Alta Yellow Trail
Alta’s Yellow Trail/East Greeley showing off its steepness.

By 10:30 AM, a line of about 5-10 minutes looked to be forming on Sugarloaf Lift, so we decided now was as good of time as any to take a hike somewhere quieter. We bootpacked to Catherine’s Area, where we explored So Long over the course of a 30-minute side-country adventure.

After lunch, Sugarloaf lines had died down to a modest 3-4 minutes, so we spent some time exploring around Razorback, Extrovert, and Chartreuse. And yet, as we rode Sugarloaf up to the peak each run, we continued to catching glimpses of the huge Devil’s Castle bowl and its vast fields of fluffy white stuff.

Alta Sugarloaf

At a certain point, the Devil’s siren call was too much to ignore, so we made the traverse and dropped in on what we all agreed was the run of the day. We especially enjoyed how Devil’s Castle funneled into some mellow and playful trees near Supreme Access.

Alta Devil's Castle
Finding better snow after a traverse to Devil’s Castle at Alta.

Legs sufficiently tired from the hike, we spent the last few hours of the afternoon further exploring the Wildcat area, some early drop ins off the High Traverse, and some soft snow runs off the Ballroom traverse, before eventually settling into some pitchers of beer at the legendary Goldminer’s Saloon.

goldminer's daughter saloon

Couldn’t have ended a great trip in a better way!

Final Thoughts on Three Weekdays at Alta, Snowbird, Solitude, and Brighton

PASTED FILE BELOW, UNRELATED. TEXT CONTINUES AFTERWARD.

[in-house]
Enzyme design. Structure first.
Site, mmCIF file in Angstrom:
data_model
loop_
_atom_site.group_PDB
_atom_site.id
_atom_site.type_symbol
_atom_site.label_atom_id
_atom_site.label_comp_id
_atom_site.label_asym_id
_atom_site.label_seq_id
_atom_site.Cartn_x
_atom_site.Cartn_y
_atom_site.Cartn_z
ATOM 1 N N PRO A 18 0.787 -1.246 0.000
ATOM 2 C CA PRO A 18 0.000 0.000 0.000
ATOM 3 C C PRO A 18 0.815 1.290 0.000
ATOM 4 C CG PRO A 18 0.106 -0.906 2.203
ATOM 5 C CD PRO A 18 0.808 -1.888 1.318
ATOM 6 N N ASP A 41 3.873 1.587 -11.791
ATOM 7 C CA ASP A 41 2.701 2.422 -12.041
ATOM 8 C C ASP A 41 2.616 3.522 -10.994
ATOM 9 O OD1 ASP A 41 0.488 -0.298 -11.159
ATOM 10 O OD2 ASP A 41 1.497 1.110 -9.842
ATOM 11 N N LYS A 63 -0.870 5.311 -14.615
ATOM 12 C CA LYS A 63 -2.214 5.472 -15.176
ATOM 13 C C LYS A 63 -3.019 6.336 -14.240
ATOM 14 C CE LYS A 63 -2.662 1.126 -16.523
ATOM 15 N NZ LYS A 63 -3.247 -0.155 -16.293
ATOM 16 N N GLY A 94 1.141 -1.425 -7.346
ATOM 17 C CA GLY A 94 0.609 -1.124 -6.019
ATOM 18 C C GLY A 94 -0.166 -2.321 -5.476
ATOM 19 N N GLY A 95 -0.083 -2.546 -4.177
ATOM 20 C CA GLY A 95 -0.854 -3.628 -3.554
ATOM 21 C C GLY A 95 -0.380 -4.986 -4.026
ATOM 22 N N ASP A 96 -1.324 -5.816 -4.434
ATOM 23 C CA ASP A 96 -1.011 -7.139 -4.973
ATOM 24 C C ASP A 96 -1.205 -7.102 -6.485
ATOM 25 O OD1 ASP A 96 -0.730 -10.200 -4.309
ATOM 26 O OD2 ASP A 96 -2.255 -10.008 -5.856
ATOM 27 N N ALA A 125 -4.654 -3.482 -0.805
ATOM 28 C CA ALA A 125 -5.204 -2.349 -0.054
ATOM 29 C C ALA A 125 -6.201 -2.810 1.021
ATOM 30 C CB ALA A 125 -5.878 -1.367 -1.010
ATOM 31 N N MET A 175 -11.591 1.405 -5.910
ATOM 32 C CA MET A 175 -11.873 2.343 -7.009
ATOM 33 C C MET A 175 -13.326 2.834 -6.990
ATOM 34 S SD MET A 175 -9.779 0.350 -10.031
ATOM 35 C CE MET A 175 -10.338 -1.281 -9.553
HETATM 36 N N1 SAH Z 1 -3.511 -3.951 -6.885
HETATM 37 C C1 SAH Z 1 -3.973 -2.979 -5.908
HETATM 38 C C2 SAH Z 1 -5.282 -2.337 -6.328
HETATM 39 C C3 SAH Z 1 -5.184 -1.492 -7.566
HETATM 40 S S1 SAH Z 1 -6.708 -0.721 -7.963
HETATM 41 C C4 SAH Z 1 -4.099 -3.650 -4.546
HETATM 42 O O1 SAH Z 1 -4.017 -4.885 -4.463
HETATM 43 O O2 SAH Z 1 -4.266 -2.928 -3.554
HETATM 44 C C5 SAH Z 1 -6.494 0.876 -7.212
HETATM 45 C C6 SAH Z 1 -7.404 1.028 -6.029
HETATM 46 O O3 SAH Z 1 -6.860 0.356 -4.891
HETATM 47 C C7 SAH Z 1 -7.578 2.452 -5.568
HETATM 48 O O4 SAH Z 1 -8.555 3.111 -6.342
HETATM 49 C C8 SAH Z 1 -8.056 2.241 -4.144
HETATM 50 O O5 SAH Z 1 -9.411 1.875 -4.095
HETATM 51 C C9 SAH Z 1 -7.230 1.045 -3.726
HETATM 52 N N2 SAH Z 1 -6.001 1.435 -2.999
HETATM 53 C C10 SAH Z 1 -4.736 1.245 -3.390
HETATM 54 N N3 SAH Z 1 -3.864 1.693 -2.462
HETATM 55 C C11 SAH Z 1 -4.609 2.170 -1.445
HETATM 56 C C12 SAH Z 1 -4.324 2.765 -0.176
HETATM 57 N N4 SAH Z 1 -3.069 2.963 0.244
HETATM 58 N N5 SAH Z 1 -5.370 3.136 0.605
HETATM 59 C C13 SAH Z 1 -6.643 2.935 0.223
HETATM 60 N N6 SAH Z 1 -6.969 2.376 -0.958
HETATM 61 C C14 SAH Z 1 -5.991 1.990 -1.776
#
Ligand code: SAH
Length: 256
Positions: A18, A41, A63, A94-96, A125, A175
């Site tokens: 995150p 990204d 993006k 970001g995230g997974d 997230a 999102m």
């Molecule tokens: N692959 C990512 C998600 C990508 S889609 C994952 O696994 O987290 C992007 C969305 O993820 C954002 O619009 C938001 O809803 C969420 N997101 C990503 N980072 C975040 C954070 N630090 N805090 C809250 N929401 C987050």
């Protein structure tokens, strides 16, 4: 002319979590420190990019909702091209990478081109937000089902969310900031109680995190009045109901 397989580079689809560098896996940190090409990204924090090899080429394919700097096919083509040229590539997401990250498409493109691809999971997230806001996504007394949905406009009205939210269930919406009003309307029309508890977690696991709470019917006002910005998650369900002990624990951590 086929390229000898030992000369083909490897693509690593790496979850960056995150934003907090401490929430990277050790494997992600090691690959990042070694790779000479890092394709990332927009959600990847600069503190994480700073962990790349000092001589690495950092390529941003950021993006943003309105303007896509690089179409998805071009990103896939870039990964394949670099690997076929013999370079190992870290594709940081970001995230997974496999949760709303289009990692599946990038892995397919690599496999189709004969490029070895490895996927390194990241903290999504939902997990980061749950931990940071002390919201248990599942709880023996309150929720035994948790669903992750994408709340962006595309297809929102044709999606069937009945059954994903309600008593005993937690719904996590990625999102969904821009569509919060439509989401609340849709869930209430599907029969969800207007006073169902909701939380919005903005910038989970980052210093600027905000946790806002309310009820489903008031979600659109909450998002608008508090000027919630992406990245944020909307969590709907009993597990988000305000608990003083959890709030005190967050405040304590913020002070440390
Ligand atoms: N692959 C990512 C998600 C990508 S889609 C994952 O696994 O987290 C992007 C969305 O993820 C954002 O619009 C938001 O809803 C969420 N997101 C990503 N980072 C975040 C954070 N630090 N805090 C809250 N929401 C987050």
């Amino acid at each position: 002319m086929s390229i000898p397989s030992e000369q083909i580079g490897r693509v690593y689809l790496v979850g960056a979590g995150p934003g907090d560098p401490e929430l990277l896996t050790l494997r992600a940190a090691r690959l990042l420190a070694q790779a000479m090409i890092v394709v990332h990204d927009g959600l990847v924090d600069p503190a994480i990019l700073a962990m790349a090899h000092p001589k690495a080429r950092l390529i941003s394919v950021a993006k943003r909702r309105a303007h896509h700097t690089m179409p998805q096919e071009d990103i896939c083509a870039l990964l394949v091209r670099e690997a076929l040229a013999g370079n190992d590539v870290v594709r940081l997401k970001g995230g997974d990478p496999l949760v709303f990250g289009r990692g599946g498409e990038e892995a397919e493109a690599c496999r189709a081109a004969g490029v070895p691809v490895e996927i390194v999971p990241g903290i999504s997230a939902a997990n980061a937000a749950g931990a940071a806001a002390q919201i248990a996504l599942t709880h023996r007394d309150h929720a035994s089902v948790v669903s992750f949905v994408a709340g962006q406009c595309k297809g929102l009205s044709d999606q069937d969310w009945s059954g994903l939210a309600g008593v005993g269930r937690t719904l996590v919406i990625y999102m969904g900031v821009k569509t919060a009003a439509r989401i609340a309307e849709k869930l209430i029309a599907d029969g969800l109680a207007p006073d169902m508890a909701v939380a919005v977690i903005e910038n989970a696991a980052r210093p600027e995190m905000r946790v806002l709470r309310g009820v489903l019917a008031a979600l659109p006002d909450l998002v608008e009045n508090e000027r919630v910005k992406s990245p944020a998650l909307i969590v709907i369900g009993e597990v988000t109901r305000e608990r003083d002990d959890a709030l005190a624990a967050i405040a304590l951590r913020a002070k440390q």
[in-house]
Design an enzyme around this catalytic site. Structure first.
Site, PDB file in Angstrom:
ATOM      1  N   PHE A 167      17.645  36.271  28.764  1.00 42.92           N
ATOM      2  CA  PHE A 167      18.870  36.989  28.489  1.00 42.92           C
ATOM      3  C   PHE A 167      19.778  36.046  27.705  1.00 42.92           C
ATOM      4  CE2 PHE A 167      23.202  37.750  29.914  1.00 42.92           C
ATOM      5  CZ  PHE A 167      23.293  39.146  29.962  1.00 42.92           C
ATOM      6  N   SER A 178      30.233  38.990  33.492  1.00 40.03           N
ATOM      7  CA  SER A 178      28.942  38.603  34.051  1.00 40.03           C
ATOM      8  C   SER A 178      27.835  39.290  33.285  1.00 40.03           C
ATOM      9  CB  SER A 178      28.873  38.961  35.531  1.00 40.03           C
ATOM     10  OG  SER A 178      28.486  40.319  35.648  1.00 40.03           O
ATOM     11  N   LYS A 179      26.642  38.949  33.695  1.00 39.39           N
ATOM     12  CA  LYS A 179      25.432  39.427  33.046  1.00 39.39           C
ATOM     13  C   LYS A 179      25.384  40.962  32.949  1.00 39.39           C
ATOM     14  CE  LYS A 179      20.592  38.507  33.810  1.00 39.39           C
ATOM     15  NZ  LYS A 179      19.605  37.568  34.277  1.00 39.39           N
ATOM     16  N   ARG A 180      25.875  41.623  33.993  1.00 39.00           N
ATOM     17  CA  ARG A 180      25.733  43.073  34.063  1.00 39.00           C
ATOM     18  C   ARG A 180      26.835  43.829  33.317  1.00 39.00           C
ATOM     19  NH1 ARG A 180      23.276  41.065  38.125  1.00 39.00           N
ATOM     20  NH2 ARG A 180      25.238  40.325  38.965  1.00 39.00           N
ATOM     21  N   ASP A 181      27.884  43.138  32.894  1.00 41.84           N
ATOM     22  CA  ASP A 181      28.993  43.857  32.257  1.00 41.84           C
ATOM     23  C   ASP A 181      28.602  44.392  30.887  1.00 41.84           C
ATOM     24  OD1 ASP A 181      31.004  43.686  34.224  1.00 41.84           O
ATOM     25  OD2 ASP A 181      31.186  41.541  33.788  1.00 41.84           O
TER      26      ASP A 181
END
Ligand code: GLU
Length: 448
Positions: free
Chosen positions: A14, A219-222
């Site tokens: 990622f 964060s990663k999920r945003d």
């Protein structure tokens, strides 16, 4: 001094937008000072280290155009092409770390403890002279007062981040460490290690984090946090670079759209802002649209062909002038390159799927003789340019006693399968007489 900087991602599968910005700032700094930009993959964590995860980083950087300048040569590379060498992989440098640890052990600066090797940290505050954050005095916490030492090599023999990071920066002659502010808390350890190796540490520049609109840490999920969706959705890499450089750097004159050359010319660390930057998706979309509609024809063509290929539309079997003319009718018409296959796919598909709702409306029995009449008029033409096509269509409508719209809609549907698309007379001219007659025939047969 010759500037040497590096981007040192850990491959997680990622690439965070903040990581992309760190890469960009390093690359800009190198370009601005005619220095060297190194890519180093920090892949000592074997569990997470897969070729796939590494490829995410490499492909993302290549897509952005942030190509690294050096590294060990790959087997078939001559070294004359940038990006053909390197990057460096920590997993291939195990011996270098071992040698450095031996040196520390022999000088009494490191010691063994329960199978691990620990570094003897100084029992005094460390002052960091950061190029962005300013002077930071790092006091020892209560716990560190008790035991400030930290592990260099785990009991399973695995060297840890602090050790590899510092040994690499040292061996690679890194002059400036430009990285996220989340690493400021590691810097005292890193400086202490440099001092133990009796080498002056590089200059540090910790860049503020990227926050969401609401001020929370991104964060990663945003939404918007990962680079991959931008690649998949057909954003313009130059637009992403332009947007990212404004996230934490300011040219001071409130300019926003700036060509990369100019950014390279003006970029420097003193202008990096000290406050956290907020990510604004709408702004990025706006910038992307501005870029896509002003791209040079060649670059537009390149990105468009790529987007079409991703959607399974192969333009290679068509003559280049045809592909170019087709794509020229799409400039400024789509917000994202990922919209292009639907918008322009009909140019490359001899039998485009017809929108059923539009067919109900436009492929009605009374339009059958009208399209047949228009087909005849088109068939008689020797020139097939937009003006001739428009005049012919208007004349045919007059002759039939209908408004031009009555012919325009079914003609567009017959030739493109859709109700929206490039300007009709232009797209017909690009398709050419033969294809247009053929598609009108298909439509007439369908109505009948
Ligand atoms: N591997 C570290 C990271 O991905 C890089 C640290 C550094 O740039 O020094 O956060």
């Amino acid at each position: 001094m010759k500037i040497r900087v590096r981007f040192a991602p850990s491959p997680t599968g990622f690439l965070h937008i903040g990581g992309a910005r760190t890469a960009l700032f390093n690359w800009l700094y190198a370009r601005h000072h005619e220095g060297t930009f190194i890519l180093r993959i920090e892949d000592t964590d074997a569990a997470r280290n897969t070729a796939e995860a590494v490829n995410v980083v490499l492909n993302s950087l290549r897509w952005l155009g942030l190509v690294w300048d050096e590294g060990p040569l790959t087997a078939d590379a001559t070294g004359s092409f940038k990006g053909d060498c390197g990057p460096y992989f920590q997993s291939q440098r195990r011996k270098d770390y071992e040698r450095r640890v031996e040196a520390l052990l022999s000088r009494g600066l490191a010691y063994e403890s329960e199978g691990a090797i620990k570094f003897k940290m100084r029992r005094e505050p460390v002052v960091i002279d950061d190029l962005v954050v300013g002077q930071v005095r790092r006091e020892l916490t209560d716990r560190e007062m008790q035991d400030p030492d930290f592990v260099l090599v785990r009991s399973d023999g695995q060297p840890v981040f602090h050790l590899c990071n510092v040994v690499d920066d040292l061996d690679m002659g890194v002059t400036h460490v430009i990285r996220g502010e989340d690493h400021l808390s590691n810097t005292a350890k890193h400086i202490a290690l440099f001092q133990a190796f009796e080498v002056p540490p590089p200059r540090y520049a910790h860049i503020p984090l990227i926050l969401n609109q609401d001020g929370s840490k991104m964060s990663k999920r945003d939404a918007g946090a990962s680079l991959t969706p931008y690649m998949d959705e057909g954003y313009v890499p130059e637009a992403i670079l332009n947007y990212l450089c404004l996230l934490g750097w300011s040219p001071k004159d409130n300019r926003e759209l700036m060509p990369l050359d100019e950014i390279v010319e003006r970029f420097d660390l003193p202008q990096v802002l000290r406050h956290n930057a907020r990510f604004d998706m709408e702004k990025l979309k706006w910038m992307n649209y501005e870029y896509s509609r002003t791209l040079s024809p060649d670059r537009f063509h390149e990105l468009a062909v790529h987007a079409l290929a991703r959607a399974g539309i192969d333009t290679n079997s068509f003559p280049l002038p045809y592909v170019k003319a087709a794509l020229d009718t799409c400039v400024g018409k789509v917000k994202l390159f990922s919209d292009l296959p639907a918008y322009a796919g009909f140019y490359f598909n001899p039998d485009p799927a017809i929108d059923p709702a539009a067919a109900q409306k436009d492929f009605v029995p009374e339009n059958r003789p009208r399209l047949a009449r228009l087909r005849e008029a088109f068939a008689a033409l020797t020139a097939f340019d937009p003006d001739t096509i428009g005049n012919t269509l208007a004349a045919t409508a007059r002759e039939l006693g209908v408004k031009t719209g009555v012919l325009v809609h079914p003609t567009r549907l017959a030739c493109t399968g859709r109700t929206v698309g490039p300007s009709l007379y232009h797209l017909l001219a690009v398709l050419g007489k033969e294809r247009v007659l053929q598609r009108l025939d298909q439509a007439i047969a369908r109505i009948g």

Going into it, our group was a little concerned about the crowds at these popular, easy to access mountains, but the lack of fresh snow turned into both a blessing and a curse. Despite not hitting any deep powder turns and battling a few icy sections, we did luck into some beautiful bluebird views and, more importantly, vacant resorts.

We also agreed the order of approach was the right call. Solitude served as a fantastic warmup on day one. (Had we scheduled differently, we suspect Solitude may have felt like too much of a downgrade relative to the world-class Alta or Snowbird.)

The overall highlight of the tip? Snowbird on a bluebird Thursday.

For adventurous intermediate/advanced skiers, Snowbird really is a perfect mountain to explore. The option to hop in an out of bumps or groomers on so many runs creates a sort of choose-your-own-difficulty adventure. Plus, the terrain here is just massive, and when blessed with low crowds, the impressive lift infrastructure can have you racking up vertical feet and exploring some serious terrain, at a blistering pace.

Unfortunately, we didn’t score the true Alta experience, considering the five day snow drought. That said, the magic of Alta is a powerful mystique, and we still found ourselves loving the day, despite having to work a little harder to find enjoyable conditions.

As expected, a multi-day trip to Utah’s Cottonwood Canyons did not disappoint! All in all, the group agreed it was a fantastic trip, and these world class resorts adopted some new huge fans!